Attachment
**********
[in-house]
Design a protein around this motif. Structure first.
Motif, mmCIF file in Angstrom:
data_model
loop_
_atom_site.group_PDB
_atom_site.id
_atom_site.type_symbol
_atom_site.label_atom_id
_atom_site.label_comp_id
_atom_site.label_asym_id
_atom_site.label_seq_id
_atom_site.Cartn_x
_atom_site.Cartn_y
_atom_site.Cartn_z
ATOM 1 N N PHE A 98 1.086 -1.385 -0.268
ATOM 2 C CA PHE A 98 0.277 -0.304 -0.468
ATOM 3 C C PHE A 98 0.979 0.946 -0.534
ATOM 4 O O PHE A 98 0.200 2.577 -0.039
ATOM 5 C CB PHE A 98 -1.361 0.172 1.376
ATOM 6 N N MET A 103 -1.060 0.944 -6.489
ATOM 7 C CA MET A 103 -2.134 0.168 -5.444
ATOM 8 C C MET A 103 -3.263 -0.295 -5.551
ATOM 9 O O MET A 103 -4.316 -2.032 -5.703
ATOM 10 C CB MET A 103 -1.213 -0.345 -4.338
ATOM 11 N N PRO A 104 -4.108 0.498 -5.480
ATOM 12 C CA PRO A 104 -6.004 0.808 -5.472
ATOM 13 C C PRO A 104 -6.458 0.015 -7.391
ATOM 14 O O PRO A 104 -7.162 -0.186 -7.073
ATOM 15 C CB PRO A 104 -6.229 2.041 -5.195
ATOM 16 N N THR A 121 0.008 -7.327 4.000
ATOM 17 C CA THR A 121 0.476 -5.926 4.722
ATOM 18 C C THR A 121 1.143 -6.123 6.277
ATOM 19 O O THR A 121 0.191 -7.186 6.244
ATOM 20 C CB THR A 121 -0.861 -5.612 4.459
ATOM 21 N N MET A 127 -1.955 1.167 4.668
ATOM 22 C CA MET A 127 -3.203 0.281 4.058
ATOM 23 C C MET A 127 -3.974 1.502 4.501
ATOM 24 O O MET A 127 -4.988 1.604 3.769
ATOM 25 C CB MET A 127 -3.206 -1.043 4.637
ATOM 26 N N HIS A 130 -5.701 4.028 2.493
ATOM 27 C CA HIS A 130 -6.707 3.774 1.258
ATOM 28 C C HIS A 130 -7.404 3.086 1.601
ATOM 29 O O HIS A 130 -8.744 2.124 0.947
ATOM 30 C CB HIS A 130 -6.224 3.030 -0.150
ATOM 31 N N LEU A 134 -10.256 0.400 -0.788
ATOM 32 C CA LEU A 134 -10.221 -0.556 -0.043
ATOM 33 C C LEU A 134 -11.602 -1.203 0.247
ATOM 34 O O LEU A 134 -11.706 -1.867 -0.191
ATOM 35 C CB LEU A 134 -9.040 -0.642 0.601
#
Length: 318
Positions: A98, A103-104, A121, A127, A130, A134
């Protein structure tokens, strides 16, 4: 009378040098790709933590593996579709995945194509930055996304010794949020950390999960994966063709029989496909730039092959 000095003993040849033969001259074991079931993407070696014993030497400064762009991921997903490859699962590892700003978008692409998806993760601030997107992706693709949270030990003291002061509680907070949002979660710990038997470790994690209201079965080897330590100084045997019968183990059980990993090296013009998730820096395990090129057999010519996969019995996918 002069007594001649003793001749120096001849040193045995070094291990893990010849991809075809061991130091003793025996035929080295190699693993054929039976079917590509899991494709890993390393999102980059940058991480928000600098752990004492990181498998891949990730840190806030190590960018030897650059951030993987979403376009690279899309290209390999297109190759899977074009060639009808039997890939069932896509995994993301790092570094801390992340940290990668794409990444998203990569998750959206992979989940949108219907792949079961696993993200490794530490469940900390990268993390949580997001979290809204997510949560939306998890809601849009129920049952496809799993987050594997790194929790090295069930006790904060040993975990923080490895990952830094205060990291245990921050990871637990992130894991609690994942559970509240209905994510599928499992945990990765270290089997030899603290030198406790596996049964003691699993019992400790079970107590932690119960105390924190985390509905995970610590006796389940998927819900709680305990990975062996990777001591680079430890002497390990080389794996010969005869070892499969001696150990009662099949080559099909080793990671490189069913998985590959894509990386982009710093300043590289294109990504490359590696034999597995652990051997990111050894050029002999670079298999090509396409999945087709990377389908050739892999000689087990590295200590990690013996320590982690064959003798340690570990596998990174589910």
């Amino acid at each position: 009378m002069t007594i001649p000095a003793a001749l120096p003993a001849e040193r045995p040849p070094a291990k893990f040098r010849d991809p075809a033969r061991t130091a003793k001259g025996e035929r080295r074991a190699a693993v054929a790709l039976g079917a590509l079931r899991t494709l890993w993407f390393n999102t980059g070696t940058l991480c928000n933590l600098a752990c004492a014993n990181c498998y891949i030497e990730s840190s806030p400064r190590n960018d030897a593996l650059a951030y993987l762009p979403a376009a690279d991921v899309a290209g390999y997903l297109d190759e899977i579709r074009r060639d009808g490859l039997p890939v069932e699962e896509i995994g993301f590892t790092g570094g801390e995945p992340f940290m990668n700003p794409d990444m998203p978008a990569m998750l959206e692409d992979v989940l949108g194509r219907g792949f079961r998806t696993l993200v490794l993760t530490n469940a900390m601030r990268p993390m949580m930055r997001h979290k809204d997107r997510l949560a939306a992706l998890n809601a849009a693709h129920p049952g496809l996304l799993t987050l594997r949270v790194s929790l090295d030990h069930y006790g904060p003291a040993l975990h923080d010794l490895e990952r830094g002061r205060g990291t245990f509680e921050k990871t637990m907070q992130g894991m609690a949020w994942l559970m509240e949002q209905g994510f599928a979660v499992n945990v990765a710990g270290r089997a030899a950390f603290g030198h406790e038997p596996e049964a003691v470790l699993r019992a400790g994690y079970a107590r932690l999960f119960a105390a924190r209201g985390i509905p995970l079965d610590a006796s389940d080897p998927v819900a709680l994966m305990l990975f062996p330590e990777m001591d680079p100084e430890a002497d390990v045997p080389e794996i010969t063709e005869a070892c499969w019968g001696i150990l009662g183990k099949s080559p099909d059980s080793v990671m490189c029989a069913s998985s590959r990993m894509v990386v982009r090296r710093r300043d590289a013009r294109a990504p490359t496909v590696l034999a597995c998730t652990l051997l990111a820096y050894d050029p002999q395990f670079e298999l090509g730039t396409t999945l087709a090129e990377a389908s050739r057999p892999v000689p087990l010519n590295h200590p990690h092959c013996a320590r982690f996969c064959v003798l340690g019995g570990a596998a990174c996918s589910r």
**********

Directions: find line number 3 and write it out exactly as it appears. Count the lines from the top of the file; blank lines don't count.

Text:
Motif, mmCIF file in Angstrom: